IT’S SAFE to say that most emergency medicine consultants don’t travel to work in a helicopter and wear flame retardant flight suits and safety helmets. But for Dr Stephen Hearns, this kind of equipment is standard issue. As part of the specialist team of doctors who make up the Emergency Medical Retrieval Service (EMRS), Hearns and his colleagues must safely transfer critically ill patients in remote and rural areas in the west of Scotland to the nearest appropriate medical facility.
The married father-of-three works at the Royal Alexandra Hospital in Paisley and is lead consultant for EMRS. He has been an active member of Arrochar mountain rescue team for 13 years and also trained with the London Helicopter Emergency Medical Service. He helped set up EMRS in 2004 and has spent the past six years developing the service alongside his highly trained team mates.
EMRS won the prestigious 2010 BMJ Group Award for Secondary Care Team of the Year (sponsored by MDDUS) in March for its work in “transforming the care and transfer of seriously ill and injured patients in remote and rural Scotland”. The service operates from Stranraer in the south to Stornoway in the north of Scotland, but it is hoped it will one day operate on a national level. The signs are good as the Scottish Government announced in March that a second team would be added to EMRS from October 2010. This will increase the number of part-time consultants working on the team from 16 to 22 and they will cover all of remote and rural Scotland.
How did your interest in emergency medical retrieval develop?
As an emergency medicine trainee I became involved in mountain rescue medicine on a voluntary basis, organised medical cover for music festivals and acted as medical officer on a number of international expeditions. This gave me a taste for the challenges of providing emergency care to seriously injured or ill patients in difficult environments. I have always been interested in the management of serious problems which require quick thinking, a broad range of clinical skills and experience and an ability to lead a multi-disciplinary team in challenging circumstances. Extrapolating this approach to the care of patients at the roadside, on the mountainside, in a remote hospital or in a helicopter with limited equipment, investigations and assistance is a very rewarding experience.
I first witnessed helicopter retrieval when working in Australia and realised that this was what rural healthcare in Scotland needed. I was lucky enough to finish my specialist training with the helicopter emergency medical service in London which offers the best pre-hospital trauma care training in the world.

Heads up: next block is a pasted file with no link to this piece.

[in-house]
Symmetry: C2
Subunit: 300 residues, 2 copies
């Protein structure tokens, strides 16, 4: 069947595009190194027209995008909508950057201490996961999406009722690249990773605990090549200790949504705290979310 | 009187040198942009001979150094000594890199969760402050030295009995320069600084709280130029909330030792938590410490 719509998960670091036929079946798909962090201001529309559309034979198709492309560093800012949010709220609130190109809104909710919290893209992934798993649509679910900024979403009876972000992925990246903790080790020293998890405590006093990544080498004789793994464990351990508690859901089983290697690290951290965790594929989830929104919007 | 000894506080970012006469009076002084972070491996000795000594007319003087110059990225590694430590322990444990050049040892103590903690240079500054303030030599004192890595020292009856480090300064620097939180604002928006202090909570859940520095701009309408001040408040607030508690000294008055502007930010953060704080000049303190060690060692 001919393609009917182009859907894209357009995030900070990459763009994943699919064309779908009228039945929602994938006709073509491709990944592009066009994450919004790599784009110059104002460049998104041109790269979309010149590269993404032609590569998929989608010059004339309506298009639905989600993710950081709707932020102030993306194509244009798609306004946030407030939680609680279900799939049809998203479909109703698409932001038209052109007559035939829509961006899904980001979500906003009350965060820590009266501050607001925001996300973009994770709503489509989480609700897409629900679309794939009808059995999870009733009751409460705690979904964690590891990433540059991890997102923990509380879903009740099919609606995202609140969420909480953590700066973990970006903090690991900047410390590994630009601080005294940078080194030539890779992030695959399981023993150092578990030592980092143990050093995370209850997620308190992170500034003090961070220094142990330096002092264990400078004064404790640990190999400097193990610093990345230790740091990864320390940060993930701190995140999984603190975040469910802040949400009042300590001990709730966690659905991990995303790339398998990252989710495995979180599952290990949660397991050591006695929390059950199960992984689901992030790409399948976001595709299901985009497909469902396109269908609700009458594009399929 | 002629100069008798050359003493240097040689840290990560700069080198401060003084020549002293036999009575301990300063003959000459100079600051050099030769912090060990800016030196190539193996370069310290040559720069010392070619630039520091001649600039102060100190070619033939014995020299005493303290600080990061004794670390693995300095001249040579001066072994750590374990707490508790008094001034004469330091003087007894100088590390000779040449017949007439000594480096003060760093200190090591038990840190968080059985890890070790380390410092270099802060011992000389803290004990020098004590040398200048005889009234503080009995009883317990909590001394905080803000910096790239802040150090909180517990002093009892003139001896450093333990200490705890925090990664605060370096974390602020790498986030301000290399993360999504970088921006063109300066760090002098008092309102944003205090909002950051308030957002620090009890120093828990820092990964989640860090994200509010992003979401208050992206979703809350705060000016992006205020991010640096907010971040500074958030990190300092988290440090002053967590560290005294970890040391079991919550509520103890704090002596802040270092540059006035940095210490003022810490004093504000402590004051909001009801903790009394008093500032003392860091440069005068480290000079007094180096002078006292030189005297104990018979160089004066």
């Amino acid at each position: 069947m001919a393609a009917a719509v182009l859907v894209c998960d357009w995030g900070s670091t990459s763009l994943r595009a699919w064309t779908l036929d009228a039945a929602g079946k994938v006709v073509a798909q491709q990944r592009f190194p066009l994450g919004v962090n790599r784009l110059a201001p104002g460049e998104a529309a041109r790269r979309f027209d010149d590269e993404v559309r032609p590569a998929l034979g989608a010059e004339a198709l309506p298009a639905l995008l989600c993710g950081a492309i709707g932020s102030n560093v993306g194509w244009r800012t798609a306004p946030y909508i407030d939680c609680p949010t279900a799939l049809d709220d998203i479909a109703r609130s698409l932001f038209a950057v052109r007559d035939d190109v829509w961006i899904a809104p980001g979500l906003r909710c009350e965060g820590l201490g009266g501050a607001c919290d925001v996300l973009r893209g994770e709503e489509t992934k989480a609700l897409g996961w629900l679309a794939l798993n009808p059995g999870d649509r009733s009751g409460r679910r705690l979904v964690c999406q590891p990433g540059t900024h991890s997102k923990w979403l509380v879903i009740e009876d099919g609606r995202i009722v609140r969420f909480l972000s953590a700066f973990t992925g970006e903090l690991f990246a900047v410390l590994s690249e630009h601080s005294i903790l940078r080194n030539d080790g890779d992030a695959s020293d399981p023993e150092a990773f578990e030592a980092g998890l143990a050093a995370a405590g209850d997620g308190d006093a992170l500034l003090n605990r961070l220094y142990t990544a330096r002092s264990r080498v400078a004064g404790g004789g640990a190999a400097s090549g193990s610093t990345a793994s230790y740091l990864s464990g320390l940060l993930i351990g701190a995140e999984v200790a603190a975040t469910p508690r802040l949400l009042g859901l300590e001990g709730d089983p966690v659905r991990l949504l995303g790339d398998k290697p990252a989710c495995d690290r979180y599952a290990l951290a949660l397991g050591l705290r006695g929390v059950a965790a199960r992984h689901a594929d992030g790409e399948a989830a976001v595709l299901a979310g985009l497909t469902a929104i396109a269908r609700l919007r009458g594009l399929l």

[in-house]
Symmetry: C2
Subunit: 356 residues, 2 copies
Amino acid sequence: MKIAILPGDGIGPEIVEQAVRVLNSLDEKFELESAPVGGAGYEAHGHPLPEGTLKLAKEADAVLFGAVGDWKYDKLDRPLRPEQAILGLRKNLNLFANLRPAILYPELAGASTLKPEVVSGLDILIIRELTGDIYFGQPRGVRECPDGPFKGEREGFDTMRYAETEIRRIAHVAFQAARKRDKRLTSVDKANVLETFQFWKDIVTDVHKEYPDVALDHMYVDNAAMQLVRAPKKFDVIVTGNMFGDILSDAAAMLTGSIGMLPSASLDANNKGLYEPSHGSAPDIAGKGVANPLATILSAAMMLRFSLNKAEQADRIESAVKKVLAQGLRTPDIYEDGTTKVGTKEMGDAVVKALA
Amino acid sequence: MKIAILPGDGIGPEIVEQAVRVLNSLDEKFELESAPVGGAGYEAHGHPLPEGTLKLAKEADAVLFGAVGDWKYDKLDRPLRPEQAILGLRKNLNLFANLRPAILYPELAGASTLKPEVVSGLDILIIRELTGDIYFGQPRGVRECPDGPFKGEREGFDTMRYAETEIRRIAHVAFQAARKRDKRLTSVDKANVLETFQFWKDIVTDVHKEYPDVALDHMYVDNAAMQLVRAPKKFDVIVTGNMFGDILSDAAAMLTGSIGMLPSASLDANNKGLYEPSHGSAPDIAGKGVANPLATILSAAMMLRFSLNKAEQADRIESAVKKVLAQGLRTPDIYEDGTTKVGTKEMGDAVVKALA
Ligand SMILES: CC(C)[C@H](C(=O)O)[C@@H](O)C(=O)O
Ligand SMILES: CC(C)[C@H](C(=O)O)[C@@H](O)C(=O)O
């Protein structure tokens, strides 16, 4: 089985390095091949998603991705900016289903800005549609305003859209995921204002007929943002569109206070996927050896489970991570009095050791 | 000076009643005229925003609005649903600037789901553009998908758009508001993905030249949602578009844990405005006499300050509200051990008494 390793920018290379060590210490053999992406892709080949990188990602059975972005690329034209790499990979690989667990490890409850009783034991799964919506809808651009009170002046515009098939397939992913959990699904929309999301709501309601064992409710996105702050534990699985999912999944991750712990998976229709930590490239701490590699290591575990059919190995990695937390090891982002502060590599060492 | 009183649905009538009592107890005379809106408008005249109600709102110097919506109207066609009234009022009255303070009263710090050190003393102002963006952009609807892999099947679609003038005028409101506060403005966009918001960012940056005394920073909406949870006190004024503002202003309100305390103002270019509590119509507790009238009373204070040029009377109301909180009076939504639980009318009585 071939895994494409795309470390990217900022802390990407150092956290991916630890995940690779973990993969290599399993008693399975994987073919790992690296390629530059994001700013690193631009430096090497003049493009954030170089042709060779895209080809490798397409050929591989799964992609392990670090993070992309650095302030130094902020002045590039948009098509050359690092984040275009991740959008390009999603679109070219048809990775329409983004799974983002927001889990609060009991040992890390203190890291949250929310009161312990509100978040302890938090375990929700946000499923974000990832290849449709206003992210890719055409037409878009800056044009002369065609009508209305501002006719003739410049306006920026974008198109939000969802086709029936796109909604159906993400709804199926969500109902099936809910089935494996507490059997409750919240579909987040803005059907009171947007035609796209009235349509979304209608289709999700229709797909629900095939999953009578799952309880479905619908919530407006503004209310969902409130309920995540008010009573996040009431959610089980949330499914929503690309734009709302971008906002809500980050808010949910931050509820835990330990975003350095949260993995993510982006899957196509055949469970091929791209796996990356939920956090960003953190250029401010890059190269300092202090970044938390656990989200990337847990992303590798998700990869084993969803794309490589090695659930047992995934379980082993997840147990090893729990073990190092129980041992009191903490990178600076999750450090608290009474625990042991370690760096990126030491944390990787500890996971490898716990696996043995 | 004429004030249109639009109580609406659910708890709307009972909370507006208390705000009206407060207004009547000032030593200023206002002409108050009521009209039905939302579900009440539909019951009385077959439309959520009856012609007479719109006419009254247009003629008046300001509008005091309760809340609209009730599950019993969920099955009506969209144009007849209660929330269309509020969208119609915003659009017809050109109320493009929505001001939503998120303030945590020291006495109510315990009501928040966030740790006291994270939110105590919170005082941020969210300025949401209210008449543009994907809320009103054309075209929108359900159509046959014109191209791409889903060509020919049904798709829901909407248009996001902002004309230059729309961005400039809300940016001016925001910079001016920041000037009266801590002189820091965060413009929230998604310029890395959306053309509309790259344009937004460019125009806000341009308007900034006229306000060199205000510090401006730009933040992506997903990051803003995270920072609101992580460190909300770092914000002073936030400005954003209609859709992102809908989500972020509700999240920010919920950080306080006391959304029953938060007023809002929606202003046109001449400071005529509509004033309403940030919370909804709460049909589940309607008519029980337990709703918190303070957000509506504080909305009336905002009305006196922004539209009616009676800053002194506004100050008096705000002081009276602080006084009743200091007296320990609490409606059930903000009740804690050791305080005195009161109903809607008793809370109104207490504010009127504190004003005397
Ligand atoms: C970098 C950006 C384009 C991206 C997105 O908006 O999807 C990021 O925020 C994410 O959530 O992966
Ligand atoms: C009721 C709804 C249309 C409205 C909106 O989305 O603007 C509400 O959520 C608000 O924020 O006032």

What prompted the establishment of the EMRS pilot programme?
A group of clinicians in hospitals in Glasgow and Paisley were becoming increasingly concerned about the poor state in which patients were arriving by aircraft from remote and rural facilities. Many had no chance of access to stabilisation procedures for many hours prior to their arrival in the urban hospital and their outcomes were poorer than would have been the case if they lived in an urban environment. Some clinicians had started to undertake ad-hoc retrievals with no supporting governance structure which was very hazardous.
In 2004 a group of 10 consultants established a voluntary but well-governed retrieval service for Argyll and Bute. Its aims were to improve rural patient care, support our rural colleagues, develop retrieval experience and show that rural retrieval was feasible and effective. Three years later the Scottish Government provided finance for a fully funded West of Scotland pilot service. This pilot earned a very positive independent review.
How is EMRS different from an air ambulance?
It is different in terms of staffing and skills. A standard air ambulance is crewed by paramedics. Our retrieval team is made up of a consultant, a trainee and a paramedic. We carry a portable emergency department resuscitation room with us including a ventilator, invasive monitoring capability and a near patient testing device. This allows us to undertake a broad range of stabilisation and monitoring interventions including emergency anaesthesia, ventilation, arterial blood pressure measurement, central venous press monitoring, chest drainage, drug infusions and cardiac pacing.